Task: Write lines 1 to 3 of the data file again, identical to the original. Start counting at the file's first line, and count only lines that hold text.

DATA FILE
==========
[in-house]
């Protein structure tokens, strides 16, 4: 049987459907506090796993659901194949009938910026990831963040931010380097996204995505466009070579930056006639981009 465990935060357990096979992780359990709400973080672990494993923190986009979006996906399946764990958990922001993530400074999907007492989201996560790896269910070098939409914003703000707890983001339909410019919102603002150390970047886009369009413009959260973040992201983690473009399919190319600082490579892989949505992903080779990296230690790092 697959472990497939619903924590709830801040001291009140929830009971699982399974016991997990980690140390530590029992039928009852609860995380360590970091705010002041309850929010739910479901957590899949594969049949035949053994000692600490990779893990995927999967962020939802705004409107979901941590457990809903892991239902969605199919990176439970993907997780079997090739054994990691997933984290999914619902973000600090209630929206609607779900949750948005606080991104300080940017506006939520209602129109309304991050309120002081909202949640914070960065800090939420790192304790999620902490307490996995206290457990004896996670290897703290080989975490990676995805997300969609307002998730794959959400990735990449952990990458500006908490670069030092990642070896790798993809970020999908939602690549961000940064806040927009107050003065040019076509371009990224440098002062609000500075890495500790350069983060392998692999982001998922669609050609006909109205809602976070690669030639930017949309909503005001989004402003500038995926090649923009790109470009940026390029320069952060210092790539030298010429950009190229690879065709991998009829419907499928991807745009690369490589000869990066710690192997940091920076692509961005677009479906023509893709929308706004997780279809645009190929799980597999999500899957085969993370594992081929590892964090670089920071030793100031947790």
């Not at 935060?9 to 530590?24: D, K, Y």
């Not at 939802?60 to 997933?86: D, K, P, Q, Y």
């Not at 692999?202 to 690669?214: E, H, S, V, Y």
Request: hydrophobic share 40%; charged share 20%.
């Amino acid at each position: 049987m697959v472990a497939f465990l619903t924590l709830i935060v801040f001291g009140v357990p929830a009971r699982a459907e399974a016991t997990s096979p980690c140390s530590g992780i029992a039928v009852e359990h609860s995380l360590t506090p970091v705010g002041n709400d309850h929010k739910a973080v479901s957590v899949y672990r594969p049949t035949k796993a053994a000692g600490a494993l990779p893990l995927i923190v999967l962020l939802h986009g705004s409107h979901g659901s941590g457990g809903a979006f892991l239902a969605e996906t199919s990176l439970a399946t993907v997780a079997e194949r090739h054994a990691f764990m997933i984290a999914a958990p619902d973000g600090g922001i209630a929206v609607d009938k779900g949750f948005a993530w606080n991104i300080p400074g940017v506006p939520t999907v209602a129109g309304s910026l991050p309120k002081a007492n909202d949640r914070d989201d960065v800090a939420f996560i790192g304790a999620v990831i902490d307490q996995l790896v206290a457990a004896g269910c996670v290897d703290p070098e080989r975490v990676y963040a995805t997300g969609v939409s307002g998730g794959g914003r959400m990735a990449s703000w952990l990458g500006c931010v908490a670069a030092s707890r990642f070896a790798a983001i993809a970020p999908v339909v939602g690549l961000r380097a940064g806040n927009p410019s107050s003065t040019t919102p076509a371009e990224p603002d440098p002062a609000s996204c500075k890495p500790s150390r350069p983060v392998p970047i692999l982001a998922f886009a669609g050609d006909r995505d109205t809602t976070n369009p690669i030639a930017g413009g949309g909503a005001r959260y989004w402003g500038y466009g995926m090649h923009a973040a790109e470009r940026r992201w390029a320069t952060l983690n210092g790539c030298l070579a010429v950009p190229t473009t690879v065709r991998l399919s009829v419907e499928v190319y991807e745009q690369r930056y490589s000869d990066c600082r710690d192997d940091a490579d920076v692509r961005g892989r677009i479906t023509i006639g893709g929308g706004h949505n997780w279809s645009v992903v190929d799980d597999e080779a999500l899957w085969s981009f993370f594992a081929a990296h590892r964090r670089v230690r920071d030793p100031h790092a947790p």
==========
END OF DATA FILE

[in-house]
């Protein structure tokens, strides 16, 4: 049987459907506090796993659901194949009938910026990831963040931010380097996204995505466009070579930056006639981009 465990935060357990096979992780359990709400973080672990494993923190986009979006996906399946764990958990922001993530400074999907007492989201996560790896269910070098939409914003703000707890983001339909410019919102603002150390970047886009369009413009959260973040992201983690473009399919190319600082490579892989949505992903080779990296230690790092 697959472990497939619903924590709830801040001291009140929830009971699982399974016991997990980690140390530590029992039928009852609860995380360590970091705010002041309850929010739910479901957590899949594969049949035949053994000692600490990779893990995927999967962020939802705004409107979901941590457990809903892991239902969605199919990176439970993907997780079997090739054994990691997933984290999914619902973000600090209630929206609607779900949750948005606080991104300080940017506006939520209602129109309304991050309120002081909202949640914070960065800090939420790192304790999620902490307490996995206290457990004896996670290897703290080989975490990676995805997300969609307002998730794959959400990735990449952990990458500006908490670069030092990642070896790798993809970020999908939602690549961000940064806040927009107050003065040019076509371009990224440098002062609000500075890495500790350069983060392998692999982001998922669609050609006909109205809602976070690669030639930017949309909503005001989004402003500038995926090649923009790109470009940026390029320069952060210092790539030298010429950009190229690879065709991998009829419907499928991807745009690369490589000869990066710690192997940091920076692509961005677009479906023509893709929308706004997780279809645009190929799980597999999500899957085969993370594992081929590892964090670089920071030793100031947790």
């Not at 935060?9 to 530590?24: D, K, Y």